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3D printing technology exposes vulnerabilities in handcuff making
It’s being assumed that the restriction of access to certain tiny and precisely-shaped objects such as safety pins, metal wires, etc. ensures the security of high-end handcuffs. But, this belief of law enforcement authorities has been shattered by the invent of 3D printing technology and other DIY innovations.
A German hacker and security consultant, who prefers to be called by the name ‘Ray’, has exposed the loopholes in the making of handcuffs by demonstrating how plastic copies produced with a laser-cutter and a 3D printer can be used to open the handcuffs. This security gap was exposed by Ray during a workshop at the ‘Hackers on Planet Earth’ conference that was held from July 13-15 in New York City. He was able to open handcuffs built by the German firm Bonowi and the English handcuff maker Chubb, both of which attempt to control the distribution of their keys to keep them exclusively in the hands of authorized buyers.
Usually the manufacturers of handcuffs design their cuffs to be opened by standard keys that are possessed by every police officer in a department, so that a detainee can be locked up by one officer and released by another. Ray claims that unlike other general locks that come with unique keys, the cuff of a certain manufacturer can be opened by any copy of a standard key. “Police need to know that every new handcuff they buy has a key that can be reproduced,” he says. “Until every handcuff has a different key, they can be copied.”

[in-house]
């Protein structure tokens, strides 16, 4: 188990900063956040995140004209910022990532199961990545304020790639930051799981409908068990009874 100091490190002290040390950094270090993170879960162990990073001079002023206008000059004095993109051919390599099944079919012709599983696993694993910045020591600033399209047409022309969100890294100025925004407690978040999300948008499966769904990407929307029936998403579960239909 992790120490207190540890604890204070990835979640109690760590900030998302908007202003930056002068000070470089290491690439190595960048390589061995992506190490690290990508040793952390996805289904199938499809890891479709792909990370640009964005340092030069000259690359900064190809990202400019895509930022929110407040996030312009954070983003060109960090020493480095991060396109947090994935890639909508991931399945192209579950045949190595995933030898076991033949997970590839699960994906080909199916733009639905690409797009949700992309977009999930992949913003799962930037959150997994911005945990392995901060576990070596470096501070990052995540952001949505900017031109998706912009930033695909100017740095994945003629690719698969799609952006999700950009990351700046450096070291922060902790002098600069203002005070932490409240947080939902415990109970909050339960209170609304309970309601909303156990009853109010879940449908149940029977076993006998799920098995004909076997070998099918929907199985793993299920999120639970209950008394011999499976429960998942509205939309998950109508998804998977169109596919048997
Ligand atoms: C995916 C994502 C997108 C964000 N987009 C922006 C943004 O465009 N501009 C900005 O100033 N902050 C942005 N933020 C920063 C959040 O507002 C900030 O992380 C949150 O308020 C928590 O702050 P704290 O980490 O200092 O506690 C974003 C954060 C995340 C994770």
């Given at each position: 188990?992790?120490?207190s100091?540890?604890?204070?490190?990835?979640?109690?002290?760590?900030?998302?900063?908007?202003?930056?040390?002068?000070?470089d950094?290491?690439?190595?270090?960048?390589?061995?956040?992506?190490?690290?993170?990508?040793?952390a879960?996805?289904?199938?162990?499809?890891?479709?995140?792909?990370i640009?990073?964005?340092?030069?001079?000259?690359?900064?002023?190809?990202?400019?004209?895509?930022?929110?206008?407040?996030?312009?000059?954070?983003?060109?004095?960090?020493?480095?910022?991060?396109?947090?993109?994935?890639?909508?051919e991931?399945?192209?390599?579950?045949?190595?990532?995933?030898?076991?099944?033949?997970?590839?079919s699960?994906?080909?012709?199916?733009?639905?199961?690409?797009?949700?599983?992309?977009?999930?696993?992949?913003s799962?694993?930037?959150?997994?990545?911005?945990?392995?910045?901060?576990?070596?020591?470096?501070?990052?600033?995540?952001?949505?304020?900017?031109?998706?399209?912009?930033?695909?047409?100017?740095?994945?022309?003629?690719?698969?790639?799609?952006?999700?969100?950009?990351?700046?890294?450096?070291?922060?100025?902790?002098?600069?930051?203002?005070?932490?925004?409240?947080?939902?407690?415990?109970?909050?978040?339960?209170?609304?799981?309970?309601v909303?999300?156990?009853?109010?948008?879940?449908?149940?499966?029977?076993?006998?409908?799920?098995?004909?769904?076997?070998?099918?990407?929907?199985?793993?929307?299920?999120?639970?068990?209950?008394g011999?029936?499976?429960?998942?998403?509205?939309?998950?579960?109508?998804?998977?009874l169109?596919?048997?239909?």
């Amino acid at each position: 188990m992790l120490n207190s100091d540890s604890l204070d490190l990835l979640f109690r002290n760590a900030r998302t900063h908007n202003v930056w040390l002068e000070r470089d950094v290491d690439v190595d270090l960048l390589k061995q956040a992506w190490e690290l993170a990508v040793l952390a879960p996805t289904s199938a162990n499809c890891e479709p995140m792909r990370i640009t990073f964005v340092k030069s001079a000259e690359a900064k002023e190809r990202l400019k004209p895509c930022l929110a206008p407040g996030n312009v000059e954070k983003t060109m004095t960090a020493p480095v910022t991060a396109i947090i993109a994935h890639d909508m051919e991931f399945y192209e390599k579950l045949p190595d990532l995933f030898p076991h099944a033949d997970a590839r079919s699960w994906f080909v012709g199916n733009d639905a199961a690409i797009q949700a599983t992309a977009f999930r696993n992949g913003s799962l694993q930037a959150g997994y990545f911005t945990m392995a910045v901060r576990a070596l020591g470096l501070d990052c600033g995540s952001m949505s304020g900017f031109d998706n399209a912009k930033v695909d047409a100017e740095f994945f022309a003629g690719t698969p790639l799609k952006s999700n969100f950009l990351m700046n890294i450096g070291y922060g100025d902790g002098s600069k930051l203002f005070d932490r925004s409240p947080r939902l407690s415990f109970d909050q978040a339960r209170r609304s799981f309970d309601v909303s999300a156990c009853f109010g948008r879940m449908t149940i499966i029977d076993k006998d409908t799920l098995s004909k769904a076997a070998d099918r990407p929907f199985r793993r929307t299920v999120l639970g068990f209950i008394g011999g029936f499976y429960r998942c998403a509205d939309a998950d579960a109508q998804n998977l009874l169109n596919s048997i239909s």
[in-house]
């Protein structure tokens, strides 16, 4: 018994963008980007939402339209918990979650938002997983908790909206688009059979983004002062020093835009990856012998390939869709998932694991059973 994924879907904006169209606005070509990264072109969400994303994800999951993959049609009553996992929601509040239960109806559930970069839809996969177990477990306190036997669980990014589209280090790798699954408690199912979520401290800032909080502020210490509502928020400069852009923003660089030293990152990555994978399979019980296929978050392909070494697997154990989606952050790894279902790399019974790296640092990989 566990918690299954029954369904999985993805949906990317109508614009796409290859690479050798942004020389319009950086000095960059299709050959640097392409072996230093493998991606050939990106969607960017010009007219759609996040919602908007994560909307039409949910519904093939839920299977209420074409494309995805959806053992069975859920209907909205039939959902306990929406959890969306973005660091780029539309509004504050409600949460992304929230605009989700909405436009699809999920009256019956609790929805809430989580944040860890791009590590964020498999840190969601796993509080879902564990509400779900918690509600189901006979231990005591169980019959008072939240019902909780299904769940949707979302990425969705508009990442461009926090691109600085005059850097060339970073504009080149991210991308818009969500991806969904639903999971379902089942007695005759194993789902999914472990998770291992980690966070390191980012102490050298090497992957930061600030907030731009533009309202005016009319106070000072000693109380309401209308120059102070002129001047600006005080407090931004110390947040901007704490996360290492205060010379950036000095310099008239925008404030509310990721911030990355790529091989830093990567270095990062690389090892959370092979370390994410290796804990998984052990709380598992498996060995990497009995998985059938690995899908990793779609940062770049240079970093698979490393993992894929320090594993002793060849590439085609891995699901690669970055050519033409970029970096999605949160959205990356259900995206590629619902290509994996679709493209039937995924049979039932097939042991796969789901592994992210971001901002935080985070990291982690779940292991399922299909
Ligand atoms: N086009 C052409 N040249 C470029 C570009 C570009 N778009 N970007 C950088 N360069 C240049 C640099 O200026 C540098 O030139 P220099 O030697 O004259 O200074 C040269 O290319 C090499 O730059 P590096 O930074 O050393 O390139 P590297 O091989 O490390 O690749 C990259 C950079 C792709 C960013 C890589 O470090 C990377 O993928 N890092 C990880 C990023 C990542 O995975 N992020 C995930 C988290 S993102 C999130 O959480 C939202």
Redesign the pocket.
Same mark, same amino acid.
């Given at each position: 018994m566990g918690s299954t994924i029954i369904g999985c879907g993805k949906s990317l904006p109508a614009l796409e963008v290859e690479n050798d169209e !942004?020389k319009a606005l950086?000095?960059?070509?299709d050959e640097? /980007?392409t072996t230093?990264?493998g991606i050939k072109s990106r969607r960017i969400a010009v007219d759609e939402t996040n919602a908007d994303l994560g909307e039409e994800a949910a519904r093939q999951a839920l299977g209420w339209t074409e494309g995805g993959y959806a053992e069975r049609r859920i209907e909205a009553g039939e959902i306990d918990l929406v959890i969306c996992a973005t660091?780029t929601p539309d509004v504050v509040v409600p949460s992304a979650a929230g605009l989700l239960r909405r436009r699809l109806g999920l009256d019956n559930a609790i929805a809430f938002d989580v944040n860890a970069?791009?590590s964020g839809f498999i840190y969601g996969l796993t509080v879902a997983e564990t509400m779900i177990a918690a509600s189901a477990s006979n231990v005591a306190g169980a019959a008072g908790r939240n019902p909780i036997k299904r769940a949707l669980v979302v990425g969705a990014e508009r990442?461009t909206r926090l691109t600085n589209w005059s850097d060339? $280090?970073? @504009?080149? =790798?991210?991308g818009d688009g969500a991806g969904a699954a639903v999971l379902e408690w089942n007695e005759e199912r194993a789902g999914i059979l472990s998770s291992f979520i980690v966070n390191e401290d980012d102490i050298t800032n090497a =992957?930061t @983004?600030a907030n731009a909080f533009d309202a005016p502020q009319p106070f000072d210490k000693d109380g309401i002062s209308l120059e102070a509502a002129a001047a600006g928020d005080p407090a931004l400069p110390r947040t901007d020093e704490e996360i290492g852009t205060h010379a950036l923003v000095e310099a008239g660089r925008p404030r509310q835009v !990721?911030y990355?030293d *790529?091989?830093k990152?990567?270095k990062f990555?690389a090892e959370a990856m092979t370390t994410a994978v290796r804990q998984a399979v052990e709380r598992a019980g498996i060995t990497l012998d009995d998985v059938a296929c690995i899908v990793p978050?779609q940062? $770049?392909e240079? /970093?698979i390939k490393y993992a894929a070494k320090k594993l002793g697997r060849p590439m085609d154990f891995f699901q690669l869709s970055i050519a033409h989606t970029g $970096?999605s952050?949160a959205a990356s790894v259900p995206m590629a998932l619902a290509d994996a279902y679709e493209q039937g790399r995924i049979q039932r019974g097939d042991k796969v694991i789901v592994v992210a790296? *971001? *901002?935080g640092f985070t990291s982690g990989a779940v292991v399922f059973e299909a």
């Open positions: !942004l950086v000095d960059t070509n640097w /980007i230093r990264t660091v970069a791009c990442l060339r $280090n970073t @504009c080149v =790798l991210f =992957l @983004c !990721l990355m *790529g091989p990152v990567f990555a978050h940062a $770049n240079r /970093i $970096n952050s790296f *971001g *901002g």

Unlike keys for more common handcuffs, the keys of cuffs manufactured by Chubb and Bonowi cannot be purchased from commercial vendors. But Ray managed to procure the keys from eBay and from a source he declined to name. Then he precisely measured the keys with calipers and created CAD models that were used by him to reproduce the 3D printed keys en masse, both in plexiglass with a friend’s standard laser cutter and in ABS plastic with a Repman 3D printer. Both the tools are easily available from dozens of hacker spaces and, in the case of 3D printers, thousands of consumers’ homes.
Ray, who works as a computer security consultant, says that his motive is not to reduce handcuffs’ security by exposing their vulnerabilities. His tools, he argues, are already available to criminals along with the rest of the public. “If someone is planning a prison or court escape, he can do it without our help,” says Ray. “We’re just making everyone aware, both the hackers and the police.”